Identification, Images, & Information
For Insects, Spiders & Their Kin
For the United States & Canada
Clickable Guide
Moths Butterflies Flies Caterpillars Flies Dragonflies Flies Mantids Cockroaches Bees and Wasps Walkingsticks Earwigs Ants Termites Hoppers and Kin Hoppers and Kin Beetles True Bugs Fleas Grasshoppers and Kin Ticks Spiders Scorpions Centipedes Millipedes

Calendar
Upcoming Events

Photos of insects and people from the 2015 gathering in Wisconsin, July 10-12

Photos of insects and people from the 2014 gathering in Virginia, June 4-7.

Photos of insects and people from the 2013 gathering in Arizona, July 25-28

Photos of insects and people from the 2012 gathering in Alabama

Photos of insects and people from the 2011 gathering in Iowa

Photos from the 2010 Workshop in Grinnell, Iowa

Photos from the 2009 gathering in Washington

TaxonomyBrowse
Info
ImagesLinksBooksData

Species Tetramorium immigrans - (Immigrant) Pavement Ant

Tetramorium? - Tetramorium immigrans ants on the front porch - Tetramorium immigrans Washington DC, help identifying possible ant or termite? - Tetramorium immigrans pavement ant? - Tetramorium immigrans Tetramorium sp.? - Tetramorium immigrans Pavement Ant - Tetramorium immigrans Small hymenopteran--gall wasp? - Tetramorium immigrans alate - Tetramorium immigrans
Classification
Kingdom Animalia (Animals)
Phylum Arthropoda (Arthropods)
Subphylum Hexapoda (Hexapods)
Class Insecta (Insects)
Order Hymenoptera (Ants, Bees, Wasps and Sawflies)
No Taxon (Aculeata - Ants, Bees and Stinging Wasps)
Superfamily Formicoidea (Ants)
Family Formicidae (Ants)
Subfamily Myrmicinae
Tribe Crematogastrini
Genus Tetramorium
Species immigrans ((Immigrant) Pavement Ant)
Synonyms and other taxonomic changes
Regarding North American ants formerly thought to be Tetramorium caespitum (Linnaeus, 1758), Dr. James C. Trager says: "Almost all are now species E, with the exception of a population of T. tsushimae introduced in and slowly moving outward from St. Louis. There are a few places in Missouri and nearby Illinois where the two meet up, and apparently the polygyne, unicolonial T. tsushimae eventually wins out against mono- or oligogyne, multicolonial sp. E."
Explanation of Names
From Wagner, et al. (See below):
The [rather appropriate] name Tetramorium immigrans is applied to this population as follows:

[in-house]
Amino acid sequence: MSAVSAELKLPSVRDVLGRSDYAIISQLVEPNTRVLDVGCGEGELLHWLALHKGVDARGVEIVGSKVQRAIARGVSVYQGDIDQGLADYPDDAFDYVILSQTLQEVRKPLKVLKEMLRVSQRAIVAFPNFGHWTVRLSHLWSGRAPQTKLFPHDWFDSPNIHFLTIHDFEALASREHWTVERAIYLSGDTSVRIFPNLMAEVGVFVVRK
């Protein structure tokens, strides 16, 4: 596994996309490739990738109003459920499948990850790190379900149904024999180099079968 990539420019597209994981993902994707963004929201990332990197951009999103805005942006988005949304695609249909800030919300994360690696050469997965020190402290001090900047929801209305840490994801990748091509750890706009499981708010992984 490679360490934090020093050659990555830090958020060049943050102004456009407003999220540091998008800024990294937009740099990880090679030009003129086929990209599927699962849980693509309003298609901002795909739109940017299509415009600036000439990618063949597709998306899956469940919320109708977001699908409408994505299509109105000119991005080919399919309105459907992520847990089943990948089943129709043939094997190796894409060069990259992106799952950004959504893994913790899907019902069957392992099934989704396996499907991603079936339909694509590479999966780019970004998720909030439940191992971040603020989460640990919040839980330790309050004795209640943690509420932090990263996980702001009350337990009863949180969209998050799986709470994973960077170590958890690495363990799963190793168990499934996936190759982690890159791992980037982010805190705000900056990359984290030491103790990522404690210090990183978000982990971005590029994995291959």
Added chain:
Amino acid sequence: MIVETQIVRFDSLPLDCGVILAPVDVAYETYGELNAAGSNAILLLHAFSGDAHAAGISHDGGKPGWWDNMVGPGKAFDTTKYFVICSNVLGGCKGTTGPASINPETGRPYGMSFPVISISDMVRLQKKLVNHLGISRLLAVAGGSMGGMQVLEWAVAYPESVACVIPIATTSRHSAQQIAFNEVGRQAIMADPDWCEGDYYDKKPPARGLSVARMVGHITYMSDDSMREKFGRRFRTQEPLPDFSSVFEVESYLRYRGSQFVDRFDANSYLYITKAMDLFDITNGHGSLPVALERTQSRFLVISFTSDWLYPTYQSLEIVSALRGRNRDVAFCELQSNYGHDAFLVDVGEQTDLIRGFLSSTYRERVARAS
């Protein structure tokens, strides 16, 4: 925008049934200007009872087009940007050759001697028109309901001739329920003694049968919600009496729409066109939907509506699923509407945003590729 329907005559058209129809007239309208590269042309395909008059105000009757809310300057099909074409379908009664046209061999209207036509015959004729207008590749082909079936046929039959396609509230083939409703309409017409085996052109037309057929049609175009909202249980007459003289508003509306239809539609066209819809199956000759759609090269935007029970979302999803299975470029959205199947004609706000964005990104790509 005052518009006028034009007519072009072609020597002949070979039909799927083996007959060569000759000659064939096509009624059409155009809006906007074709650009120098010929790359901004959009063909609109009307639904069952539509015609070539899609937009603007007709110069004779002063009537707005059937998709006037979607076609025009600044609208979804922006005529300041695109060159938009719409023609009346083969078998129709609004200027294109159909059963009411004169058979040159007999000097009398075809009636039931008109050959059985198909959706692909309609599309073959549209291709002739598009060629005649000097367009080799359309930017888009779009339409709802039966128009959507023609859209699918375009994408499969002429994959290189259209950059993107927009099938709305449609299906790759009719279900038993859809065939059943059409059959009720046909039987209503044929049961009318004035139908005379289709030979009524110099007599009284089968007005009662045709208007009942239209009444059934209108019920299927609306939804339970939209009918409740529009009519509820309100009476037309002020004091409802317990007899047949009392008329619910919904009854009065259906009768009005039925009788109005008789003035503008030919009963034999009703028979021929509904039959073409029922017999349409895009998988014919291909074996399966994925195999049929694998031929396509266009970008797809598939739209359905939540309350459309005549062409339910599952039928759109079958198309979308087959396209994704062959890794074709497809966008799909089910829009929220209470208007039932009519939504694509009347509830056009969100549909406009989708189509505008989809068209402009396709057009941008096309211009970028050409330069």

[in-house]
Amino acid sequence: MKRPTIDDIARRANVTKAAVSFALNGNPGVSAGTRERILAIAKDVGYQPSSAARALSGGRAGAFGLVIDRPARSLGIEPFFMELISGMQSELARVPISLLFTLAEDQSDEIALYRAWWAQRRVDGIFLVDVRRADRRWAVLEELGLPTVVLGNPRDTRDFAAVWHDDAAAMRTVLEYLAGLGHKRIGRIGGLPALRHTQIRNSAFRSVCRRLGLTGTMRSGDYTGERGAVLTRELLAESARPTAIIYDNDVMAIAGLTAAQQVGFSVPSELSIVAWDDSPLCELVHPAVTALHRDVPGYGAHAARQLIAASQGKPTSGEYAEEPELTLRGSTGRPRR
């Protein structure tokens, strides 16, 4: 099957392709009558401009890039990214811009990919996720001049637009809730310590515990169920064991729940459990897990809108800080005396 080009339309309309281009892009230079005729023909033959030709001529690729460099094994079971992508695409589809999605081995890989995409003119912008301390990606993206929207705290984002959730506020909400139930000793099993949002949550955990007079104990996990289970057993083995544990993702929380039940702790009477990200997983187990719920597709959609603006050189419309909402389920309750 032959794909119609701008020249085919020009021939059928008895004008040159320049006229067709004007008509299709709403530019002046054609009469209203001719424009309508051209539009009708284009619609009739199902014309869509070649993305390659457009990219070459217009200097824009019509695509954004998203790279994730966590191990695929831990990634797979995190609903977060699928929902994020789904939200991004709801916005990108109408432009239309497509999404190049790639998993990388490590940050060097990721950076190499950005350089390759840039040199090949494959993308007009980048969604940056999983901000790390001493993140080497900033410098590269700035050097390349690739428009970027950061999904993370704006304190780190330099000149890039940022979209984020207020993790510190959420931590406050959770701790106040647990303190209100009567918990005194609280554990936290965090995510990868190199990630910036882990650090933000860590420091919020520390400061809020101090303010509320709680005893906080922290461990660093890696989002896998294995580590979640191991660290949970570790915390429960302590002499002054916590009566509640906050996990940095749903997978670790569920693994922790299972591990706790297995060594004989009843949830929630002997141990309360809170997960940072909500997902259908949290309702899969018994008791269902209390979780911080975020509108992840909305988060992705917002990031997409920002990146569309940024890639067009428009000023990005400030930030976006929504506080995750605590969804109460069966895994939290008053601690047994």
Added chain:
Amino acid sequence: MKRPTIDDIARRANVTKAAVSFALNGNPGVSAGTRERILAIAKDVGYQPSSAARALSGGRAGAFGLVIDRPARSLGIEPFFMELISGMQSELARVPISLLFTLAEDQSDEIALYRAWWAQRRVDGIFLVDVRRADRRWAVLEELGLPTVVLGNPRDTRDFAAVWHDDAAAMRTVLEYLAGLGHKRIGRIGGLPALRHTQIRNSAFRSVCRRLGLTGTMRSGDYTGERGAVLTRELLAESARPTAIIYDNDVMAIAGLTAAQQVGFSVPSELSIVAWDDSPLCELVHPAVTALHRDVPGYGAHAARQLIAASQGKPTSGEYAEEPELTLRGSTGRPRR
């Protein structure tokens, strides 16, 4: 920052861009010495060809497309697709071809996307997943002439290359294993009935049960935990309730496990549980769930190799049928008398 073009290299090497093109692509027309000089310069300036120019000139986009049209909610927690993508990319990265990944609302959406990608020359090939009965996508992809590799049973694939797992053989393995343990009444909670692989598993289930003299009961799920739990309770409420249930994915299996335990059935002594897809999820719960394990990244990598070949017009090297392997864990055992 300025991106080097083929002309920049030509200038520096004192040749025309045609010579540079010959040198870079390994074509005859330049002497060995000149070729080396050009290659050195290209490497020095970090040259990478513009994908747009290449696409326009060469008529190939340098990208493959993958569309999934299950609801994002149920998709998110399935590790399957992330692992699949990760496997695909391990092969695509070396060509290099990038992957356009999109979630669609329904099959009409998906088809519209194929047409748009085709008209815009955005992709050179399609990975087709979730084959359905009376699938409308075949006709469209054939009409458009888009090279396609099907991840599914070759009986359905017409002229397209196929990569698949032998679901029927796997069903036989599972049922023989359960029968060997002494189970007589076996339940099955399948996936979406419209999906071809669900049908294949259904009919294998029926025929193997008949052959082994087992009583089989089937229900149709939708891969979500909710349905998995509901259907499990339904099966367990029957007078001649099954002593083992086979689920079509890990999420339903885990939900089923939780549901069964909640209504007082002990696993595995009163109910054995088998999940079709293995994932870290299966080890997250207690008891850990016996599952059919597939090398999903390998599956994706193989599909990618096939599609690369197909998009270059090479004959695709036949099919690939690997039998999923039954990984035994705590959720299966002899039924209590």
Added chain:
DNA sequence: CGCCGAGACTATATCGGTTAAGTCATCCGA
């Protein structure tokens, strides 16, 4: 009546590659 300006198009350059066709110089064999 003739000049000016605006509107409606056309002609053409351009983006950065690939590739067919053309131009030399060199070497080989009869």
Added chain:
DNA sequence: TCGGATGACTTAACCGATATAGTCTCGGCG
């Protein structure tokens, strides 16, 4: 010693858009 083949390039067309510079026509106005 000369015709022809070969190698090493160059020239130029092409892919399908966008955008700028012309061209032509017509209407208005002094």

Tetramorium caespitum var. immigrans SANTSCHI, 1927: 54;
junior synonym of T. caespitum: BOLTON 1979: 171;
revived from synonymy, raised to species rank, and lectotype designation hereby."
Size
Workers ca. 3mm
Range
Native across southern and central Europe, found in cities and towns throughout the United States and southern Canada (but mostly absent in the southern tier US states)
Habitat
Urban parks, yards, vacant lots, under sidewalks and building rubble, especially, but also rural roadsides, farms, feedlots and auction yards, and rock quarries.
Food
Omnivorous, fond of greasy human food scraps,
Remarks
Introduced from Europe.
It is parasitized by another imported Myrmicine Anergates atratulus (also introduced).
Print References
Schlick-Steiner, Birgit C., Florian M. Steiner, Karl Moder, Bernhard Seifert, Matthias Sanetra, Eric Dyreson, Christian Stauffer, and Erhard Christian. 2006. A multidisciplinary approach reveals cryptic diversity in Western Palearctic Tetramorium ants (Hymenoptera: Formicidae). Molecular Phylogenetics and Evolution 40:259–273. (PDF)

Steiner, Florian M., Birgit C. Schlick-Steiner, James C. Trager, Karl Moder, Matthias Sanetra, Erhard Christian, and Christian Stauffer. 2006. Tetramorium tsushimae, a New Invasive Ant in North America. Biological Invasions 8(2):117-123. (PDF)


Herbert C. WAGNER, Wolfgang ARTHOFER, Bernhard SEIFERT, Christoph MUSTER, Florian M. STEINER & Birgit C. SCHLICK-STEINER just published "Light at the end of the tunnel: Integrative taxonomy delimits cryptic species in the Tetramorium caespitum complex (Hymenoptera: Formicidae)". Myrmecological News 25: 95-129 Vienna, October 2017
Internet References